Impact of Grapevine Leafroll Viruses and Cost of Replanting Vineyards
Suterra Jun 15, 2023 3:13:00 PM
Vine mealybug can have devastating impacts on vineyards not because of the impact of their feeding on vines and the production of waste, but because they are a vector for grapevine leafroll associated viruses. Learn more about these viruses below.
Grapevine leafroll associated Virus is the name used to refer to a complex of multiple plant viruses in the family Closteroviridae that infect table grape raisin, and wine grapevines. Among these, Grapevine leafroll associated Virus 3 (GLRaV-3) is considered the most severe of the leafroll viruses.
The viruses are transmitted through grafts and propagation and phloem-feeding from several mealybug species, including vine mealybug and Grape mealybug. Once the virus is introduced into the phloem and begins to replicate, the transfer of nutrients and sugars within the vine is impaired.
While mealybugs themselves are not very mobile, they can spread GLRaV-3 throughout the vineyard through the movement of crawlers and adult females from infected plants to non-infected plants; this can occur through short-range natural dispersal, aided by ants that tend the mealybugs, and on tools and equipment that have not been sanitized to remove any mealybugs.
Infected grapevines display a range of foliar symptoms, including discoloration, downward rolling, and curling (depending on the variety infected). These symptoms typically appear on basal leaves and progress toward the shoot tips.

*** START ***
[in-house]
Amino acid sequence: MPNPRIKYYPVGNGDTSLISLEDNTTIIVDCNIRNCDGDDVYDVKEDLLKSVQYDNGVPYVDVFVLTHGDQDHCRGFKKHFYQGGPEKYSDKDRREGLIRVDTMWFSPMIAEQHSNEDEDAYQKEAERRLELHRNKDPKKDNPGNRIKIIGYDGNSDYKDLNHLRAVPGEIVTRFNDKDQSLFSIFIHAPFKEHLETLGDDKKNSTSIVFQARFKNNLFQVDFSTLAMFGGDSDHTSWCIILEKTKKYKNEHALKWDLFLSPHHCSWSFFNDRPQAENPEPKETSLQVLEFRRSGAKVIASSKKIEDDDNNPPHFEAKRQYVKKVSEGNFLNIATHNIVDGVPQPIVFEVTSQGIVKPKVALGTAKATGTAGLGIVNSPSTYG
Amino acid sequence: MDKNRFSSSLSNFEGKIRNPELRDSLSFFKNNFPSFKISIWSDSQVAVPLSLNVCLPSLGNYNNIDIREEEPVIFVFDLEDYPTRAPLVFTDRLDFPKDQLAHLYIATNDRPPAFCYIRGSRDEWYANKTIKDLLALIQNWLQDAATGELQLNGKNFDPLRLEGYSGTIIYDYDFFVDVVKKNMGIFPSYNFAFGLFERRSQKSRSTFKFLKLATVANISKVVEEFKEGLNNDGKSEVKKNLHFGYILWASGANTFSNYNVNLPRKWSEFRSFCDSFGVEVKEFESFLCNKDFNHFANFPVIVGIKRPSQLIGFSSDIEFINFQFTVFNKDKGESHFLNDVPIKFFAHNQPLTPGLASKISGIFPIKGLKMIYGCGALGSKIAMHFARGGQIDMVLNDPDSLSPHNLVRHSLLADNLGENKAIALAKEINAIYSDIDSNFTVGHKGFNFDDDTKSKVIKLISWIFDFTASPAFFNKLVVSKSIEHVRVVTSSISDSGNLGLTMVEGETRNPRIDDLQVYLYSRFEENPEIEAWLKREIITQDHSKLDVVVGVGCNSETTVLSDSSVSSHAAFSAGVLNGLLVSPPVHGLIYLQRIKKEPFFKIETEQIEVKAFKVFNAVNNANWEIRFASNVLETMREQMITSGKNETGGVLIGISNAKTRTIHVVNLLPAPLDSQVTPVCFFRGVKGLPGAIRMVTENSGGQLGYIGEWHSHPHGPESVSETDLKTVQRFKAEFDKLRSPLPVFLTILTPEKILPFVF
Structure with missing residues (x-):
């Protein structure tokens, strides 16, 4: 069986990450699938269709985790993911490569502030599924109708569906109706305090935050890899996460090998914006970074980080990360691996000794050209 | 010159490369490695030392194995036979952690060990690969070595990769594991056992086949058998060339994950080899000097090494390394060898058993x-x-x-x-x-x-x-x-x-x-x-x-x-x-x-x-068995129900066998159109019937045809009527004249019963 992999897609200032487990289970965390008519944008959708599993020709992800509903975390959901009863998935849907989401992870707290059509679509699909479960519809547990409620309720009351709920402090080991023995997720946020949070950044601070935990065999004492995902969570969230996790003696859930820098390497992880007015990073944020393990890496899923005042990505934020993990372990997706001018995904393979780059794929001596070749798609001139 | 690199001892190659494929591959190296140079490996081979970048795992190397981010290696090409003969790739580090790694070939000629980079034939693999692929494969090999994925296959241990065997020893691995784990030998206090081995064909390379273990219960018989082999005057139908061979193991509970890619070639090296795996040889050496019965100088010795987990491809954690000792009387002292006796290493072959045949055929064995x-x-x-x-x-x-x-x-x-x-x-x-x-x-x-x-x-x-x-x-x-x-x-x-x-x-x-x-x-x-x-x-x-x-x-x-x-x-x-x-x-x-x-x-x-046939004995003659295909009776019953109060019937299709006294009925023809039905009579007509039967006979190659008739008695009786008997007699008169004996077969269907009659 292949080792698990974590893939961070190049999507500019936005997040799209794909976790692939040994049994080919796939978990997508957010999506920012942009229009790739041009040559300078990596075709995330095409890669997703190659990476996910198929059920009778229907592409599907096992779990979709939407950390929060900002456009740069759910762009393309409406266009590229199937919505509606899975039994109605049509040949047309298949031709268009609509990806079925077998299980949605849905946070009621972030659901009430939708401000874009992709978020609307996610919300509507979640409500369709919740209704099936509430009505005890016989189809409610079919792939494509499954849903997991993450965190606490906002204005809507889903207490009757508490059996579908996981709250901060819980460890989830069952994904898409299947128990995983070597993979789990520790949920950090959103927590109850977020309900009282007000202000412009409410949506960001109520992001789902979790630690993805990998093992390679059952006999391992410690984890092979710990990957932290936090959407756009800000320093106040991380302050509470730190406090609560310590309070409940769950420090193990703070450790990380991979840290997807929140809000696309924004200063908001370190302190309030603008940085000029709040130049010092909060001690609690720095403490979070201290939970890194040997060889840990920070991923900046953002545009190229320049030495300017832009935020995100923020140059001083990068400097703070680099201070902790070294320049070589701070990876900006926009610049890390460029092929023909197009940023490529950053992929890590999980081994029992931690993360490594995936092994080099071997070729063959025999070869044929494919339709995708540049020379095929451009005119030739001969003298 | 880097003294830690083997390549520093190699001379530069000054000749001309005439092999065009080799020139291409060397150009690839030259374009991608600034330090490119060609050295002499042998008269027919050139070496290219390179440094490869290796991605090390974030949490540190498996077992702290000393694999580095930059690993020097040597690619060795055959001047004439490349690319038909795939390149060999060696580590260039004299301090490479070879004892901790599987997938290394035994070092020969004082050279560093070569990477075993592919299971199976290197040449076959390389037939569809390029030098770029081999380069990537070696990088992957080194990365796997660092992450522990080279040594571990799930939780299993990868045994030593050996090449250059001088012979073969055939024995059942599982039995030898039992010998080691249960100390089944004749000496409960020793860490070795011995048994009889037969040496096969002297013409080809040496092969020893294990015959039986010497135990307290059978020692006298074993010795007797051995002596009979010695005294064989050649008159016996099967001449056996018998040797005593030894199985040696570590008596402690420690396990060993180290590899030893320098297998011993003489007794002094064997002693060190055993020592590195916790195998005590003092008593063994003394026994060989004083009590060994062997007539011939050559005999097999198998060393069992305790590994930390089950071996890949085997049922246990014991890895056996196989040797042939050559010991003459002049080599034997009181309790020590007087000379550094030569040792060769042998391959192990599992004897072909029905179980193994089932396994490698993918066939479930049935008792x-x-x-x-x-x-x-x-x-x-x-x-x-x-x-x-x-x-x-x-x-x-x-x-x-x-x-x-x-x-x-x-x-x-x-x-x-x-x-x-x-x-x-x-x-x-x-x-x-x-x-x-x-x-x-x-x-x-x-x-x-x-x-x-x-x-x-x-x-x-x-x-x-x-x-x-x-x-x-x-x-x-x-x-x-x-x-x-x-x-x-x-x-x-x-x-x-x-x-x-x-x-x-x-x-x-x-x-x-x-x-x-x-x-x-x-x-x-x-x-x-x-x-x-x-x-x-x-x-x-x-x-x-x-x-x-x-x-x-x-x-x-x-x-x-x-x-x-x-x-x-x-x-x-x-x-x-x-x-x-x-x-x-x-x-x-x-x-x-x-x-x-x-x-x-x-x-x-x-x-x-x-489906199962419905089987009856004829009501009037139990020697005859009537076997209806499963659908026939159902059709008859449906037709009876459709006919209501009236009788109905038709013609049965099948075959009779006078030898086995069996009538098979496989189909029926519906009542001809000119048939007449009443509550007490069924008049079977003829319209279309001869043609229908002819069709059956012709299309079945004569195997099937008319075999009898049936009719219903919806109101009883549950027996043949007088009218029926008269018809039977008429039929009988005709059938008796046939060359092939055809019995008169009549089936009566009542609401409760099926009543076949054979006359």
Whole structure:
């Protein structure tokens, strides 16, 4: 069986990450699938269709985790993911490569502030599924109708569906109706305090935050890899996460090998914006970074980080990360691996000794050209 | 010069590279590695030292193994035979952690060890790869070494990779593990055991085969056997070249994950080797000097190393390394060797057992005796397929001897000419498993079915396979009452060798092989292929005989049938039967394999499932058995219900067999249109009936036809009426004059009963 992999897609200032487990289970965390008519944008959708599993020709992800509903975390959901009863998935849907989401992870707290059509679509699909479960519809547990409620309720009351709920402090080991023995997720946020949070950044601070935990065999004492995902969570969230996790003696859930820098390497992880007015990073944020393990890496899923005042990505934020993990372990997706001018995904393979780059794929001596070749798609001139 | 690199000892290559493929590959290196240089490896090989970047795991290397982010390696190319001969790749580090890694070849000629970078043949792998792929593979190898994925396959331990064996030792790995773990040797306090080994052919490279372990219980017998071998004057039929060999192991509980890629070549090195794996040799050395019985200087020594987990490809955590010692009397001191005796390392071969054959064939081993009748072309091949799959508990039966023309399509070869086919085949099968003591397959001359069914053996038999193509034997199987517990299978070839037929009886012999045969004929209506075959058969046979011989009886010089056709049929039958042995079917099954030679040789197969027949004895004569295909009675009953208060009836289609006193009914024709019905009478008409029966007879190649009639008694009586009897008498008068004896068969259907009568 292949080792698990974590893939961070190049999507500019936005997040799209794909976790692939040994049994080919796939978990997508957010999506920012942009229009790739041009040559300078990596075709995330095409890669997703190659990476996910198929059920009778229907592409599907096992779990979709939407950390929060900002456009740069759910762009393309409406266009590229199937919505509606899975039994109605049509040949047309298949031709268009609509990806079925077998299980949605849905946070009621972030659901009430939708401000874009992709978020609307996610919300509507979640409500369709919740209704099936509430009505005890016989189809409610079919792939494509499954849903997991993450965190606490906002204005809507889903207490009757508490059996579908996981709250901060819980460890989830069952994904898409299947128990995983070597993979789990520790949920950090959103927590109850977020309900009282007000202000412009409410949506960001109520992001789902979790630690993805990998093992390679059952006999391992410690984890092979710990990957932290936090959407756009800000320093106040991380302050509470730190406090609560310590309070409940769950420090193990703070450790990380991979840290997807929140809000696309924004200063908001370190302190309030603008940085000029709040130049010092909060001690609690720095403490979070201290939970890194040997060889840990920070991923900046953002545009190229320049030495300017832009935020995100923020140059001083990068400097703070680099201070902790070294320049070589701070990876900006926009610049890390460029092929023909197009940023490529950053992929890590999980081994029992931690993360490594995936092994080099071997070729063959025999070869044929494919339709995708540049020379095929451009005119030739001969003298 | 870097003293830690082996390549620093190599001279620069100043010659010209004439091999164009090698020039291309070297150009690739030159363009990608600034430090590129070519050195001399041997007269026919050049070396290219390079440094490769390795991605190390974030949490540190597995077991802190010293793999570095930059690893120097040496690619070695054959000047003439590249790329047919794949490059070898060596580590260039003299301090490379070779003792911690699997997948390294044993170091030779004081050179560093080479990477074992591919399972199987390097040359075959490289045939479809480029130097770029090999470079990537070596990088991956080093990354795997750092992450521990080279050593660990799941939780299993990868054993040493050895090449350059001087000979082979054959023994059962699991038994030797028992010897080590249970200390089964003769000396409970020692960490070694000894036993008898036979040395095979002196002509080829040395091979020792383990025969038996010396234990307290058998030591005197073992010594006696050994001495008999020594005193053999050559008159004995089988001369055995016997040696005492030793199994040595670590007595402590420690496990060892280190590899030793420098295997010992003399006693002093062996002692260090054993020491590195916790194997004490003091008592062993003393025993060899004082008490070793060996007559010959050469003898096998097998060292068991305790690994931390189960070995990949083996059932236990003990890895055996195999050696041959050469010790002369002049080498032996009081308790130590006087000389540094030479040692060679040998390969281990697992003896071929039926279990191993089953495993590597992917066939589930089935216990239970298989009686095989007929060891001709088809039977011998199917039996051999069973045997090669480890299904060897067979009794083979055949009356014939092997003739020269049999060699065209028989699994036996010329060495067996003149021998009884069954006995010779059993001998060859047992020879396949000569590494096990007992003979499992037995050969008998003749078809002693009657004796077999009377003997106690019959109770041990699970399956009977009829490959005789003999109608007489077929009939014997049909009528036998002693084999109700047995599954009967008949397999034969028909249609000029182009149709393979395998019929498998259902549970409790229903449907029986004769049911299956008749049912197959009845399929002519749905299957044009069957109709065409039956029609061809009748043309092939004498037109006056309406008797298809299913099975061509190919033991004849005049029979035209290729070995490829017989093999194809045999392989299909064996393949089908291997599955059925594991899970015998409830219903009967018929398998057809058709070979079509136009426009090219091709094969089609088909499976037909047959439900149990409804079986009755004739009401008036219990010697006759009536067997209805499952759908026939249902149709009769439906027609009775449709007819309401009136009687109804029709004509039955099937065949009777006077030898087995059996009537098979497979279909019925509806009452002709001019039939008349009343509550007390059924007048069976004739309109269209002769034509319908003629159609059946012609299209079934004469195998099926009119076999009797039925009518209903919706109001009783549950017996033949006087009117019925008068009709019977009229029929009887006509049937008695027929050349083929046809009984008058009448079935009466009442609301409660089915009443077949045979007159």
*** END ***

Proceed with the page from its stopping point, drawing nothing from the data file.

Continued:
Other signs of infection include reduced shoot growth, delayed fruit ripening, and decreased sugar accumulation in the fruit. Ultimately, these effects can lead to decreased yields and diminished grape quality, posing a considerable threat to vineyard profitability the longer the infected vines remain in production.
To answer this question, we need to make a few assumptions, which are based on San Joaquin Valley, California grape production estimates (2023):
With these assumptions in mind, a vineyard operator can lose up to $12,310 per acre over the lifetime of the vineyard; this can be compared to a loss of $1,770 when the starting infection is just 1%.
A robust IPM program with mating disruption at its core can go a long way to keep mealybug populations down and reduce the risk of spreading GLRaV-3 throughout a vineyard. Ultimately, it is a lot easier and less expensive to manage the spread of GLRaV-3 through practices such as proper sanitation and control of mealybug vectors.
Read more about how identifying, monitoring, and controlling vine mealybug can help mitigate the impacts of grapevine leafroll associated viruses in your vineyards.
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